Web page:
The Twelve Days of Christmas is probably the most misunderstood part of the church year among Christians who are not part of liturgical church traditions. Contrary to much popular belief, these are not the twelve days before Christmas, but in most of the Western Church are the twelve days from Christmas until the beginning of Epiphany (January 6th; the 12 days count from December 25th until January 5th). In some traditions, the first day of Christmas begins on the evening of December 25th but the following day is considered the First Day of Christmas (December 26th).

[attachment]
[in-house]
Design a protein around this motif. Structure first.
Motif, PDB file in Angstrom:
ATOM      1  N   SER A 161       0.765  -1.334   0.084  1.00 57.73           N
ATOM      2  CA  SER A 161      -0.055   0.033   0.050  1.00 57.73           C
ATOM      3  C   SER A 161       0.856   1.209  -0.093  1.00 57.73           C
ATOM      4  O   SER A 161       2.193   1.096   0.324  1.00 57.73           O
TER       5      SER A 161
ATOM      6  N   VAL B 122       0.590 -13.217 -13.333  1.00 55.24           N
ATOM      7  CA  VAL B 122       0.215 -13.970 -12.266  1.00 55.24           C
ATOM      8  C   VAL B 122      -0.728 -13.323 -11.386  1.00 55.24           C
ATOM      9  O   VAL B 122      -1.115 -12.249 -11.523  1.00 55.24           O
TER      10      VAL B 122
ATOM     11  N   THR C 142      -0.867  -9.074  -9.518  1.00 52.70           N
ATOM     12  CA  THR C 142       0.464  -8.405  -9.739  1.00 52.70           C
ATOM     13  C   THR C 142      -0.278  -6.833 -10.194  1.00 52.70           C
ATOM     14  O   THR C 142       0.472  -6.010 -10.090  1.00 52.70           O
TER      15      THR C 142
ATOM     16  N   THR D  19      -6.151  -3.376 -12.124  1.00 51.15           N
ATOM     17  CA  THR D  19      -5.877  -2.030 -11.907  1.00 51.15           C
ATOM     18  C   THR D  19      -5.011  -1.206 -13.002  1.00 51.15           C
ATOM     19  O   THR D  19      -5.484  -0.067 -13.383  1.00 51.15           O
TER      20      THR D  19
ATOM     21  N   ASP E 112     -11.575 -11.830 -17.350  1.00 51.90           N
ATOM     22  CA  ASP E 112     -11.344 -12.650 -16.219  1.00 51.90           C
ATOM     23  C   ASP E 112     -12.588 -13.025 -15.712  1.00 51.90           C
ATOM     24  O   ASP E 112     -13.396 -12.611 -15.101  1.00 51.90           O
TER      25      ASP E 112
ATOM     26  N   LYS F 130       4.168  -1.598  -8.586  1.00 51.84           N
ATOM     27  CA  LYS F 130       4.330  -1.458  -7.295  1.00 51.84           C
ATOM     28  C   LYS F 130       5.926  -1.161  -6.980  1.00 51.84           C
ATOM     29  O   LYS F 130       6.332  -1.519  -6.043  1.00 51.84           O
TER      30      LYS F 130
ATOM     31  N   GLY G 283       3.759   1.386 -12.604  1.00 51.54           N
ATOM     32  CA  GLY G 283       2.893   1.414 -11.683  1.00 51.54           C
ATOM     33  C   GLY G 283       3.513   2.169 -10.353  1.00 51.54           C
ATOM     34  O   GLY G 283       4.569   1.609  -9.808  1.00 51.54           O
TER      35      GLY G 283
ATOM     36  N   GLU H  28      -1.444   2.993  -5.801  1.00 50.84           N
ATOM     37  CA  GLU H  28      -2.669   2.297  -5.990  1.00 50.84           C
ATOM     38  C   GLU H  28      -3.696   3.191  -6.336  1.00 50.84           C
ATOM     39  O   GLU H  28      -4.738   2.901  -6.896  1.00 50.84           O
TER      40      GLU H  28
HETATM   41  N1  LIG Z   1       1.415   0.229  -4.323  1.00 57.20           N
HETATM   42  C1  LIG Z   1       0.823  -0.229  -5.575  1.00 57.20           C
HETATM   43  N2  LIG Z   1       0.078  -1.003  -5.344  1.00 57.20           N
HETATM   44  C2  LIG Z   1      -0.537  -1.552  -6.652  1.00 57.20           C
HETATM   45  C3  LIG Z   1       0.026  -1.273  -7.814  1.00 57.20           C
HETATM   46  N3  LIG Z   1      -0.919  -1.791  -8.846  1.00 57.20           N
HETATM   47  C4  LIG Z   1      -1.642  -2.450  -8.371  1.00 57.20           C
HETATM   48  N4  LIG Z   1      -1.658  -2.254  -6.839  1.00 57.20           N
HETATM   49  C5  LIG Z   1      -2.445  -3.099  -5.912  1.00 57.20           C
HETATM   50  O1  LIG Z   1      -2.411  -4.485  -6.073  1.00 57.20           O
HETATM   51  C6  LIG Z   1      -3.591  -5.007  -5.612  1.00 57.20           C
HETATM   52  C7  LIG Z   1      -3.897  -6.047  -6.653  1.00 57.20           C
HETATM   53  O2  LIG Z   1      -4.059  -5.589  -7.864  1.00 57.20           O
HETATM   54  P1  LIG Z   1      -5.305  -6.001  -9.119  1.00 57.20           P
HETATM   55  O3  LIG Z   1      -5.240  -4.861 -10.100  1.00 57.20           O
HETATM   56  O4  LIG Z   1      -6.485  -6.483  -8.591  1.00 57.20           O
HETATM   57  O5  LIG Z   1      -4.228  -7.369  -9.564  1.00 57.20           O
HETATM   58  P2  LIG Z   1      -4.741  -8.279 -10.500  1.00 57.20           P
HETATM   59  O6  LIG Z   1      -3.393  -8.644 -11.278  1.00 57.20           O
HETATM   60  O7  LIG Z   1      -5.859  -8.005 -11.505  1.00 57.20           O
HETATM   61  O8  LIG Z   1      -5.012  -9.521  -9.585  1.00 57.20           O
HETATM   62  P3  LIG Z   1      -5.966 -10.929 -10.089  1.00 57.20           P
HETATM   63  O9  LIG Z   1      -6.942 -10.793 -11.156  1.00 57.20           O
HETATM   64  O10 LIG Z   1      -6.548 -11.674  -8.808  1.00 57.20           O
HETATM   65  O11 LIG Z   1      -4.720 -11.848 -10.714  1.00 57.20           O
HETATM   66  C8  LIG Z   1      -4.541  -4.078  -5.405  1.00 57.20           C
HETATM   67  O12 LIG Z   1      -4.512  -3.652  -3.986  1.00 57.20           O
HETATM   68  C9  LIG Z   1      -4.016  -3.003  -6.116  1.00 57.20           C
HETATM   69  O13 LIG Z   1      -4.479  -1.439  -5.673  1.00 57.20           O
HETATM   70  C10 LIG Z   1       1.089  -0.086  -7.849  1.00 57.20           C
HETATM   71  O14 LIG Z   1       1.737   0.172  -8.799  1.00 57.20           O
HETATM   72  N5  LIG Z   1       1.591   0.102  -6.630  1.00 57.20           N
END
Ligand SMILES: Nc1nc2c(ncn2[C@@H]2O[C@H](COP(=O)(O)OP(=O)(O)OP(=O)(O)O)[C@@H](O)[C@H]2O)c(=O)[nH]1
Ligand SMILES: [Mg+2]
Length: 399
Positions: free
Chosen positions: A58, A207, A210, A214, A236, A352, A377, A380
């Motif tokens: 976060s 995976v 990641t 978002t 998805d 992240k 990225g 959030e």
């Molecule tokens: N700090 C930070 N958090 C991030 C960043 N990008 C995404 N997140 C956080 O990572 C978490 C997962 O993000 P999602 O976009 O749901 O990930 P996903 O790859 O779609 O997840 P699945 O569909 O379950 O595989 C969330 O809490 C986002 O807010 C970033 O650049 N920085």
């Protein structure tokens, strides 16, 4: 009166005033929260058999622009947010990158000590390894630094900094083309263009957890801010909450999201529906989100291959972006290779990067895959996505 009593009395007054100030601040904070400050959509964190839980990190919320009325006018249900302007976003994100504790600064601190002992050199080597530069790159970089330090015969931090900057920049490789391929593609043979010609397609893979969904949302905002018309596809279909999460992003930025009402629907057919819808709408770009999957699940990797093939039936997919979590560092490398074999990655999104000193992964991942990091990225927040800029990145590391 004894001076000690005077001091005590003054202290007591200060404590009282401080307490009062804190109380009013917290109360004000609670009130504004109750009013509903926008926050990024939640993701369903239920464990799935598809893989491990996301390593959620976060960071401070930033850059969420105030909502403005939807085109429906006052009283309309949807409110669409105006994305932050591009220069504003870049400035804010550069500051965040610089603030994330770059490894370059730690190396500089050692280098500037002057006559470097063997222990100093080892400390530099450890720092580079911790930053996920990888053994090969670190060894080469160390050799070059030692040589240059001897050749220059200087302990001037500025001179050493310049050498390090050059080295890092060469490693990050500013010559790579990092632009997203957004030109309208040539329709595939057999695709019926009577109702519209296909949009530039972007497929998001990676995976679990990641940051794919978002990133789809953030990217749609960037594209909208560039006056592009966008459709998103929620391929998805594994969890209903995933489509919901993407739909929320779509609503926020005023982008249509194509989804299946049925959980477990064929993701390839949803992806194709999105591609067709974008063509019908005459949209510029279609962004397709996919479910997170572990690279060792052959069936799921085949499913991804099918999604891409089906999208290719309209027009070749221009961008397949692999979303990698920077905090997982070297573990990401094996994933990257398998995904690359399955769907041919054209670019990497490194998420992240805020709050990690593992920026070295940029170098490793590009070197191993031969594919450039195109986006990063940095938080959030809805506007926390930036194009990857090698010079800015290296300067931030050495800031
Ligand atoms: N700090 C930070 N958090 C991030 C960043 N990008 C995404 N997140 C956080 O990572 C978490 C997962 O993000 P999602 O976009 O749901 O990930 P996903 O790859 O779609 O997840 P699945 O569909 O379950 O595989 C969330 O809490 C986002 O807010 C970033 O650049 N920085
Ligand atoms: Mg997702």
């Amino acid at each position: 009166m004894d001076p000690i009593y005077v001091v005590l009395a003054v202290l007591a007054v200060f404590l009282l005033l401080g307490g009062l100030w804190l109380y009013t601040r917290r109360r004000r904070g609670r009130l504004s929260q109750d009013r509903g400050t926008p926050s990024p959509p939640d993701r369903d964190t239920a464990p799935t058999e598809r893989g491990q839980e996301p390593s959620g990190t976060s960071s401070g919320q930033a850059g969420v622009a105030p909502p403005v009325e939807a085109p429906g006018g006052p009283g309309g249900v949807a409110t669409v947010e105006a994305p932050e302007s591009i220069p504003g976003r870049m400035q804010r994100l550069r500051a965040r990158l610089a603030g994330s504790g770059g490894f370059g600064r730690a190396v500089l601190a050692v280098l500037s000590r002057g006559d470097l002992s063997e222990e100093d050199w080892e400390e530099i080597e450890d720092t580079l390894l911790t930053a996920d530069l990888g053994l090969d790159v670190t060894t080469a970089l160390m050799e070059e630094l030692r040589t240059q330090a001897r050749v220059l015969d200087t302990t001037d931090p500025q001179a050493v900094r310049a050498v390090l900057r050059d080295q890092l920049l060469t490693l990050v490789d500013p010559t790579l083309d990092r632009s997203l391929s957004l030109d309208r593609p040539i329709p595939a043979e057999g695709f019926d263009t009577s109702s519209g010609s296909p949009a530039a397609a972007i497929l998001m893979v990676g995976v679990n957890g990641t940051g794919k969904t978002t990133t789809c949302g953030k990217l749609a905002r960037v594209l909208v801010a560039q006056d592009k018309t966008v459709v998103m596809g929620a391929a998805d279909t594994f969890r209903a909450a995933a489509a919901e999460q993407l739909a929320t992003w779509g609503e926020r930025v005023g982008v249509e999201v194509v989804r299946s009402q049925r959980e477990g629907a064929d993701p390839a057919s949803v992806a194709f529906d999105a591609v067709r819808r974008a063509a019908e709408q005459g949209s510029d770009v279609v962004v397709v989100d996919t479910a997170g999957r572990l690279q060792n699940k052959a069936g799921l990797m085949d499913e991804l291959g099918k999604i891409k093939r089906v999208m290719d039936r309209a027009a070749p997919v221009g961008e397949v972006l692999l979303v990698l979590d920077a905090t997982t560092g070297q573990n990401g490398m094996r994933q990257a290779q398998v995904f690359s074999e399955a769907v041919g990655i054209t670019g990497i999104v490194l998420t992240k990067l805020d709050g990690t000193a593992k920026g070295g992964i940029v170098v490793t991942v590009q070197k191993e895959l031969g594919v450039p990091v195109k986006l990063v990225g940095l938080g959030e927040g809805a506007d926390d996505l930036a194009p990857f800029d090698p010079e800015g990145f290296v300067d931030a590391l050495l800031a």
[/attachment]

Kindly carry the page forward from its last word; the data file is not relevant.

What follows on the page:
The origin of the Twelve Days is complicated, and is related to differences in calendars, church traditions, and ways to observe this holy day in various cultures (see Christmas). In the Western church, Epiphany is usually celebrated as the time the Wise Men or Magi arrived to present gifts to the young Jesus (Matt. 2:1-12). Traditionally there were three Magi, probably from the fact of three gifts, even though the biblical narrative never says how many Magi came. In some cultures, especially Hispanic and Latin American culture, January 6th is observed as Three Kings Day, or simply the Day of the Kings (Span: la Fiesta de Reyes, el Dia de los Tres Reyes, or el Dia de los Reyes Magos; Dutch: Driekoningendag). Even though December 25th is celebrated as Christmas in these cultures, January 6th is often the day for giving gifts. In some places it is traditional to give Christmas gifts for each of the Twelve Days of Christmas. Since Eastern Orthodox traditions use a different religious calendar, they celebrate Christmas on January 7th and observe Epiphany or Theophany on January 19th.